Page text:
On September 4, I participated as a parent in the wedding of my daughter. In an enchanting, tall- and clear-windowed chapel in the heart of Missouri, festooned with baskets of chrysanthemums beginning to burst into riotous color, drenched with the sun and a suddenly, miraculously, cool breeze, filled with caring witnesses, an exquisitely lace-bedecked bride and handsome groom flanked by their attendants arrayed gloriously, with smiles and tears, in a service rich with Scripture texts from the Song of Songs and the book of 1 John, “Be Thou My Vision” and “In Christ Alone,”—a place and moment Spirit-blessed to endure as a now—I witnessed Stacey and Evan say their vows, and I said one of my own to give her away. “I do.” “I will.” “I do.”
Never having been the mother of the bride before, I was in for a shock regarding how momentous it would be. It was a tectonic shift, a good passing bright with future prospects which nevertheless has its sorrow, as any end of an era does. I ponder deeply the significance of my vow to give her away. The familiar landscape has fled. I now live in the quiet darkness of a dawn, the yet-to-be-known of a new reality.
And I watched the pair come toward each other with fearless love and trust to make vows with no qualifications. Two beautiful wholes became a more beautiful, different, whole. A family was born.
If things are real, then things that make things are more real. (Ancient and medieval philosophers’ unquestioningly presumed that every effect has a greater cause.) Words of covenanting promise make real things. Words of covenanting promise are more real.
This is not to be wondered at. God “let there be’d” all things into existence. He spoke, and they came to be. The worlds are formed and sustained by the word of his mouth. He gives himself to His people in his Word, his Name, and the Word made flesh. In our redemption, he speaks a word effectually. In church this morning the worship team introduced a new Getty-Townsend hymn, “By Faith,” whose climactic words are, “We will stand as children of the promise.” The promise renders the future sure. And when Christ comes, it will be as bridegroom coming for bride, lover for beloved, a prospect—a reality!—so precious that you cannot keep back the tears.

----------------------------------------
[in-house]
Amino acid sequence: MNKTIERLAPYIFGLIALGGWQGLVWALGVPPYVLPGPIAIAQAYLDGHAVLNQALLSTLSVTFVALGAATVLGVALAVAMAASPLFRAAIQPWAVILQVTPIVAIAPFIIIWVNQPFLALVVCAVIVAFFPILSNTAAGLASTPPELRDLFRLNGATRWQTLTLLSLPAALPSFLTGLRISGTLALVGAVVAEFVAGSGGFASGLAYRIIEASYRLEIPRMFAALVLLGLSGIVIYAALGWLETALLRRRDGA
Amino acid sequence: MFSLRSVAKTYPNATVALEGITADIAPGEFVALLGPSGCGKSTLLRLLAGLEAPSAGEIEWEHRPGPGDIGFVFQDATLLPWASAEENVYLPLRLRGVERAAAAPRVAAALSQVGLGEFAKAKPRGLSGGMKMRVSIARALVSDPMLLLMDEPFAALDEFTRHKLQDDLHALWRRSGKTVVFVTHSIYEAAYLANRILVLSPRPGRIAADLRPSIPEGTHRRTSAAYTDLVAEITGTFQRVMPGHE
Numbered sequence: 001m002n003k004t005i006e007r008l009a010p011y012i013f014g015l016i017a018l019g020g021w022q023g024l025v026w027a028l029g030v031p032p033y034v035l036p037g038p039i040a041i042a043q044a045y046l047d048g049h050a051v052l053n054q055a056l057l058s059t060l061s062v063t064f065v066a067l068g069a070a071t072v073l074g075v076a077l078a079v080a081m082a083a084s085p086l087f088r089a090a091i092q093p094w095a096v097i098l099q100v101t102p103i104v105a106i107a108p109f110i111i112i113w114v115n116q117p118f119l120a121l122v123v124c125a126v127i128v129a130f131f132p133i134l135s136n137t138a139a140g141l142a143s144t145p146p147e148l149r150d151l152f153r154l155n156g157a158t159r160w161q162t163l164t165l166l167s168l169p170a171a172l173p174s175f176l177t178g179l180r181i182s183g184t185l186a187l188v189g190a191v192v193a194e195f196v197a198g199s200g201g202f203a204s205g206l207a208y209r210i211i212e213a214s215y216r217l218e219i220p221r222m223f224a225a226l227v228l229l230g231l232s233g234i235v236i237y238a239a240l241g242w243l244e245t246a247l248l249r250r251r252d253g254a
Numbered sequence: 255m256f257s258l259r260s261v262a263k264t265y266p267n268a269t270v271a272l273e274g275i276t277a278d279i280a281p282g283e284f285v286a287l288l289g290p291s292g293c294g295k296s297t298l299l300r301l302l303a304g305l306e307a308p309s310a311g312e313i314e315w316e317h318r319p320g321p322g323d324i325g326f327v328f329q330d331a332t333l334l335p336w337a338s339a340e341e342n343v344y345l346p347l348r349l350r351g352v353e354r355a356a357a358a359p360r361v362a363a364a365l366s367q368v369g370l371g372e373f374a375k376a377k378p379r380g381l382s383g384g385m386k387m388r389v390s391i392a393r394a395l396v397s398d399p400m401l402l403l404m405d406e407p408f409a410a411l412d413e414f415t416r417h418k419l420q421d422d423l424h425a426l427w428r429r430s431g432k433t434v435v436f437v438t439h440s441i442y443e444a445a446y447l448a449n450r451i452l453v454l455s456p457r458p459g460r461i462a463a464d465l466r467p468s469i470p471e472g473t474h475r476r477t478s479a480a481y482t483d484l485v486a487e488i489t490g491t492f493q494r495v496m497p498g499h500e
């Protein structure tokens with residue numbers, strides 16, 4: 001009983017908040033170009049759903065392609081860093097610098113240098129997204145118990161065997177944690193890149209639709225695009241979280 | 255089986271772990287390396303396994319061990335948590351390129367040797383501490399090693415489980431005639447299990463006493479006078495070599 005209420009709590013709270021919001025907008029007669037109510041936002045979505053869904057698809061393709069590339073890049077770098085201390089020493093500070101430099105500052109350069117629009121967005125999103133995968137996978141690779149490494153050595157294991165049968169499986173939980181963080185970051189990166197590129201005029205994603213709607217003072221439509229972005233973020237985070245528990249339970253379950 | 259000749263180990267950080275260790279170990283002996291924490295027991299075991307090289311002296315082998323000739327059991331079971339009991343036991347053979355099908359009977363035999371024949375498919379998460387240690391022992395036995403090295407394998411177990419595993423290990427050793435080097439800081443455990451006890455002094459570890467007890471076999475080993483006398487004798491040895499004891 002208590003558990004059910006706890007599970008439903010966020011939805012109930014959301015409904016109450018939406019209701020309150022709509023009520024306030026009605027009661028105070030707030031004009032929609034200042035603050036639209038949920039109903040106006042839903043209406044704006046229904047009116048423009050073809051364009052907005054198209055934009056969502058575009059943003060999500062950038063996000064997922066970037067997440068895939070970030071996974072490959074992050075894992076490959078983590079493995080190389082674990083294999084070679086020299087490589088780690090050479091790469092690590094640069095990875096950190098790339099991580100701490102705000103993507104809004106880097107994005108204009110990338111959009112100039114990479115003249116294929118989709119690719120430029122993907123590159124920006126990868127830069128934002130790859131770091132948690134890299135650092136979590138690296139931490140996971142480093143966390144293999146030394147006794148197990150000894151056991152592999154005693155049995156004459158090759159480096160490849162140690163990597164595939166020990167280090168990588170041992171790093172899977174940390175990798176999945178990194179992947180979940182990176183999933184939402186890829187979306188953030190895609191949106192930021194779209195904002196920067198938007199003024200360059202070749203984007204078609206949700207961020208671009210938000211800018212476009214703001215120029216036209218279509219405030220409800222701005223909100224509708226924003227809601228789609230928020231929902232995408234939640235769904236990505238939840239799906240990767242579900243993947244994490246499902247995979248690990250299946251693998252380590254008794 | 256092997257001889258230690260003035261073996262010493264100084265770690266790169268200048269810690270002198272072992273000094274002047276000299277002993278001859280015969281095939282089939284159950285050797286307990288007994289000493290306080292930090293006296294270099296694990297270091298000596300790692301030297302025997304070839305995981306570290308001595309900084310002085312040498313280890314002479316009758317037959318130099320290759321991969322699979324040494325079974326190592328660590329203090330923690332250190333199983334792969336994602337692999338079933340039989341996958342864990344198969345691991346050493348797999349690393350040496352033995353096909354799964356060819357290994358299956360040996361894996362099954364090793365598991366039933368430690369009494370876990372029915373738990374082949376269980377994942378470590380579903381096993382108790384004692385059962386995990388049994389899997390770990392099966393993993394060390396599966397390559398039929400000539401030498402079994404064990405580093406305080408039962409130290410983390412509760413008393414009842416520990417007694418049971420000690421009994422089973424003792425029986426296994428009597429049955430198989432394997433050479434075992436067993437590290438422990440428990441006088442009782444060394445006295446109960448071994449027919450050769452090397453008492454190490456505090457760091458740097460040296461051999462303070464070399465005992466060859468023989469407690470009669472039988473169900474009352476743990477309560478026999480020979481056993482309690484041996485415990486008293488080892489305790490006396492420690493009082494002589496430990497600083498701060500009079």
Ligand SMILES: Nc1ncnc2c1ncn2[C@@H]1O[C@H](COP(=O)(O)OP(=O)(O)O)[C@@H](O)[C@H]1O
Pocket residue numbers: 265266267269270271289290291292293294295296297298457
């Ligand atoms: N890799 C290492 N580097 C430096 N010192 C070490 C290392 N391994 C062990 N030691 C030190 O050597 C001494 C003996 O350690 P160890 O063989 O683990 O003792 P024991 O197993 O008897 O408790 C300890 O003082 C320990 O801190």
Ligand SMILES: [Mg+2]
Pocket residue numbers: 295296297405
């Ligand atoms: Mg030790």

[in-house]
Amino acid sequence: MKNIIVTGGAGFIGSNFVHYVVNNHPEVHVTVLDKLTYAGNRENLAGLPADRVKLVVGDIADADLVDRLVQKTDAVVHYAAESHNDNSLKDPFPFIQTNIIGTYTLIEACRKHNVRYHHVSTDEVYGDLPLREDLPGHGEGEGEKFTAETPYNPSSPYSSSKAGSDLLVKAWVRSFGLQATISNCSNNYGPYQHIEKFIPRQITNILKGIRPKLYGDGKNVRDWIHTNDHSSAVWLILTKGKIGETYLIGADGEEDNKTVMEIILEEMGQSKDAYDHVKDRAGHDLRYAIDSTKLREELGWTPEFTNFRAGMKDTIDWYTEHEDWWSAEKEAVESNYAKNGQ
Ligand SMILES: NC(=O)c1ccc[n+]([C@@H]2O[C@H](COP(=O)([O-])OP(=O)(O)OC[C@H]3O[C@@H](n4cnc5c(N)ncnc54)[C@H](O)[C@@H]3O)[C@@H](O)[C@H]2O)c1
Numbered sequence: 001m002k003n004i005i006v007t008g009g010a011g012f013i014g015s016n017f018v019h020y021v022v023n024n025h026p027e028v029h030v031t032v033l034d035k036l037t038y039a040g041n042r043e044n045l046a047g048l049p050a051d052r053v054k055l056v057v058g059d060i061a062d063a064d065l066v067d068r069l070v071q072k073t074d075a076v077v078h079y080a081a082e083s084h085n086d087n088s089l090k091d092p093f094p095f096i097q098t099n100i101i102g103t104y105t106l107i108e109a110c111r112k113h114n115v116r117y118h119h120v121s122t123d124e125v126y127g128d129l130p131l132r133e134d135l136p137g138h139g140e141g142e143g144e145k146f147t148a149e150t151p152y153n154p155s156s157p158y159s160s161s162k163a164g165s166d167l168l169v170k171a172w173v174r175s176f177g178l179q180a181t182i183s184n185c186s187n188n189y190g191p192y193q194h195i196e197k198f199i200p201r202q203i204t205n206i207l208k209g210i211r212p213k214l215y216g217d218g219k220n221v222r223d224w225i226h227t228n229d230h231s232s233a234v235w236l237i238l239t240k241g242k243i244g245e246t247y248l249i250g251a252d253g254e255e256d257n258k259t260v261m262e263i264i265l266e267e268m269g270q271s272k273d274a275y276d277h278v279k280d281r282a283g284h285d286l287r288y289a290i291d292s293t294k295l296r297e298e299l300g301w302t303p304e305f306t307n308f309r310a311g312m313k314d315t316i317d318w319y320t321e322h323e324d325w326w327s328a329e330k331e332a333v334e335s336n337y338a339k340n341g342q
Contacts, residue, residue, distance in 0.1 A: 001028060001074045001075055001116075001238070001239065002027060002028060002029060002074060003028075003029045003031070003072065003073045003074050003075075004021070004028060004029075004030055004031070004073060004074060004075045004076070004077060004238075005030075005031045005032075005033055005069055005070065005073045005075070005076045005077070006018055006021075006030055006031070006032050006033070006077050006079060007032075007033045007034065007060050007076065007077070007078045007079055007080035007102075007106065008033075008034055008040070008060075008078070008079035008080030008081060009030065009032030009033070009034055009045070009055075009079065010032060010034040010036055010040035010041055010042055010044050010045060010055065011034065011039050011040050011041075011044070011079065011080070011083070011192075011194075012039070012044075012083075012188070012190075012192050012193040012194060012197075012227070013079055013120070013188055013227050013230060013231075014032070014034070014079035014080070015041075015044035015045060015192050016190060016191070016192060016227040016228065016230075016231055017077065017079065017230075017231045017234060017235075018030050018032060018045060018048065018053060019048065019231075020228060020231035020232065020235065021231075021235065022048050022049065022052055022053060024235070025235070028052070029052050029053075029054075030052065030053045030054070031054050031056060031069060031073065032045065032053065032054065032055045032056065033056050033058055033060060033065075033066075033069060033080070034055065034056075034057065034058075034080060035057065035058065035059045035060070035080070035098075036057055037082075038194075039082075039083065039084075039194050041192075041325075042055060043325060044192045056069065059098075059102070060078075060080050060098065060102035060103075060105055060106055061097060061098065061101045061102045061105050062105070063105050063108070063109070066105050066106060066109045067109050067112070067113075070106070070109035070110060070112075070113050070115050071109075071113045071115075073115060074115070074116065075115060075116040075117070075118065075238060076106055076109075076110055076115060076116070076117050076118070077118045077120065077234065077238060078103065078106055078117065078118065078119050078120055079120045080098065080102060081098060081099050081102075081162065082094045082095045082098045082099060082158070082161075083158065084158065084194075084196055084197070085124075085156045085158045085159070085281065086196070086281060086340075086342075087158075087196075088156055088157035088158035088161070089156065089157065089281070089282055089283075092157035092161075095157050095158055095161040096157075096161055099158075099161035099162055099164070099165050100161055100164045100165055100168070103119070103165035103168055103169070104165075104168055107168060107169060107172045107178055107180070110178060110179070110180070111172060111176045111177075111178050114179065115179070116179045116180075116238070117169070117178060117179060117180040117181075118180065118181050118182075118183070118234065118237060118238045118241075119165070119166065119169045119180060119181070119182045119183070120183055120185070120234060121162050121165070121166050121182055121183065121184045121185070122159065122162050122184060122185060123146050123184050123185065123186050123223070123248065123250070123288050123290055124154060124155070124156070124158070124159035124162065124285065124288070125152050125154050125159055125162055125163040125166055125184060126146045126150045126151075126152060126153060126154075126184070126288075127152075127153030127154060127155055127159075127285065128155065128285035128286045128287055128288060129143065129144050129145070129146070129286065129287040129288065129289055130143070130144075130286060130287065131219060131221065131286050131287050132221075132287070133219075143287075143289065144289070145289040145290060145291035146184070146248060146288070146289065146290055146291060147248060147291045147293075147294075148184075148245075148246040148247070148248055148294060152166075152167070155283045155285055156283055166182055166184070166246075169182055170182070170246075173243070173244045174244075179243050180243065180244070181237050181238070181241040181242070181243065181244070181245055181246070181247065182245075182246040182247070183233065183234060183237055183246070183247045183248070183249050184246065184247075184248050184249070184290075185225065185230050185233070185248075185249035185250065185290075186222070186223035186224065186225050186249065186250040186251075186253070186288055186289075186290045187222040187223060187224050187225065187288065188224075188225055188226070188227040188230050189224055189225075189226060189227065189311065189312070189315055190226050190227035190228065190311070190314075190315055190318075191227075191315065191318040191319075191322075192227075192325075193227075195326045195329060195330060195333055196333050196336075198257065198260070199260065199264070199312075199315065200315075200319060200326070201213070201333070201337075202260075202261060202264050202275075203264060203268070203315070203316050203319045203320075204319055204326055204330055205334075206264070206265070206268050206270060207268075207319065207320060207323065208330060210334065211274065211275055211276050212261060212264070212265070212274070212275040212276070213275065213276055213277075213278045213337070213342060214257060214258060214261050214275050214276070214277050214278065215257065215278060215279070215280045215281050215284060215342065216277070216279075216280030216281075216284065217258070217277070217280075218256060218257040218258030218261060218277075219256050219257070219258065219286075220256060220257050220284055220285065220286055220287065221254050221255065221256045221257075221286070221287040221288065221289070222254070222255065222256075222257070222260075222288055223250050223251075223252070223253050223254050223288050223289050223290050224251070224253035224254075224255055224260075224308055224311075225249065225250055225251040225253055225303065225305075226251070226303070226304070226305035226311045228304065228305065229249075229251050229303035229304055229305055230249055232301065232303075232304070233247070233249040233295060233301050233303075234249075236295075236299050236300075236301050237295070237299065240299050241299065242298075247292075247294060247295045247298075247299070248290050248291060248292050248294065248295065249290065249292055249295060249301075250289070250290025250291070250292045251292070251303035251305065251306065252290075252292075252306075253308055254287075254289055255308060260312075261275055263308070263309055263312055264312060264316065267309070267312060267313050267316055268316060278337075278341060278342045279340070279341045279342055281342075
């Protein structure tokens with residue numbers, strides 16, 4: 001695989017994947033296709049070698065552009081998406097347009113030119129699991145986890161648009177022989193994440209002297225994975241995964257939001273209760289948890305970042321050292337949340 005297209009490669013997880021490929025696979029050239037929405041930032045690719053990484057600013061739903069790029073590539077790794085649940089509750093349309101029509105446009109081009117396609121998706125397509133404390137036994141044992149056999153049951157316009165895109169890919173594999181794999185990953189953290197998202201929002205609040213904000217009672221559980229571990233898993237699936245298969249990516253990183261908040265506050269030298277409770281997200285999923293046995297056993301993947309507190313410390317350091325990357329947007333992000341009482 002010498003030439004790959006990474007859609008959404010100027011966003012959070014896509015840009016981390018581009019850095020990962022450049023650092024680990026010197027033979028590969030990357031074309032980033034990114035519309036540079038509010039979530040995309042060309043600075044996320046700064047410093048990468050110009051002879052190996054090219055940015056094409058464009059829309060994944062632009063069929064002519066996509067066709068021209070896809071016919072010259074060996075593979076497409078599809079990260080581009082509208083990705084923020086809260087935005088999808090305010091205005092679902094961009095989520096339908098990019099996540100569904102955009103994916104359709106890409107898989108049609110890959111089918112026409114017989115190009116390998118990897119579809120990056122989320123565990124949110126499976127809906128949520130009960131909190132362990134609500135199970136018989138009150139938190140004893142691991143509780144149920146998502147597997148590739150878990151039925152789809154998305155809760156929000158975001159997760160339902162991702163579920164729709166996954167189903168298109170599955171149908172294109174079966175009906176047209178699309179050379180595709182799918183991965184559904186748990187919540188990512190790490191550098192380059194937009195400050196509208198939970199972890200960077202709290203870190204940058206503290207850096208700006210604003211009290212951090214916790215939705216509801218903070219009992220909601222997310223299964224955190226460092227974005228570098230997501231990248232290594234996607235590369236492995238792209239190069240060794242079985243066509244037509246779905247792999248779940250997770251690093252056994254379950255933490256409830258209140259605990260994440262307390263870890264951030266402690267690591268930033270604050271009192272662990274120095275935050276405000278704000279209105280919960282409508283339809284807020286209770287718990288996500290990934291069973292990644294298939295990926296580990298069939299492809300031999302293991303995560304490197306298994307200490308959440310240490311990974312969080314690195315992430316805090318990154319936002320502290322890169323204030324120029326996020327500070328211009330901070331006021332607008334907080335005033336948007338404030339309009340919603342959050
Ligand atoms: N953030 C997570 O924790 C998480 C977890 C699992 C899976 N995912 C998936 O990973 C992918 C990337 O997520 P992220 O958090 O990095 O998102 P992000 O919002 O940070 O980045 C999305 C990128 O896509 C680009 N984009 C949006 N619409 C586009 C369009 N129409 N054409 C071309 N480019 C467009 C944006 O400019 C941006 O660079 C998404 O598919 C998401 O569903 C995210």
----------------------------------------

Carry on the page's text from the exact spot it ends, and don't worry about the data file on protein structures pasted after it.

He has conferred on his image bearers a derivative capacity to covenant into reality. We say let there be, and there is. We say I do, and there is. In the reality forged in the promise, a home and children come to be, and to stand.
Words unmake reality also. Words of attack destroy a home. In this broken world, what may be needed is to unmake a reality turned destructive. We may need to say, I don’t. But this too may be God-like. Jesus came “to destroy the works of evil.”
But there is something more real than covenanting promise. Where there is “I do” or “let there be,” one person covenants with another. Most real, then, is the persons who covenant together in the promised word. Promise makes reality, and promise requires person to promise to person. The covenanting vows are made good in the context of interpersonal relationship of trust, a person who loves and a person beloved. The word made real is as good, as real, as the steadfast covenant love of the person who speaks it. Most real is the Lover who says, “Arise, my darling, and come with me,” and the beloved who says, “Place me like a seal over your heart.”
We sensed the blessed presence of the Holy Spirit in that sun-drenched, breeze-caressed, event, in part because persons made vows of love to each other, and thus made reality. In that moment we caught a glimpse deep into the heart of the real, into the heart of God.
God’s deep blessing on your marriage, Stacey and Evan Smith. “Here in the love of Christ we stand.”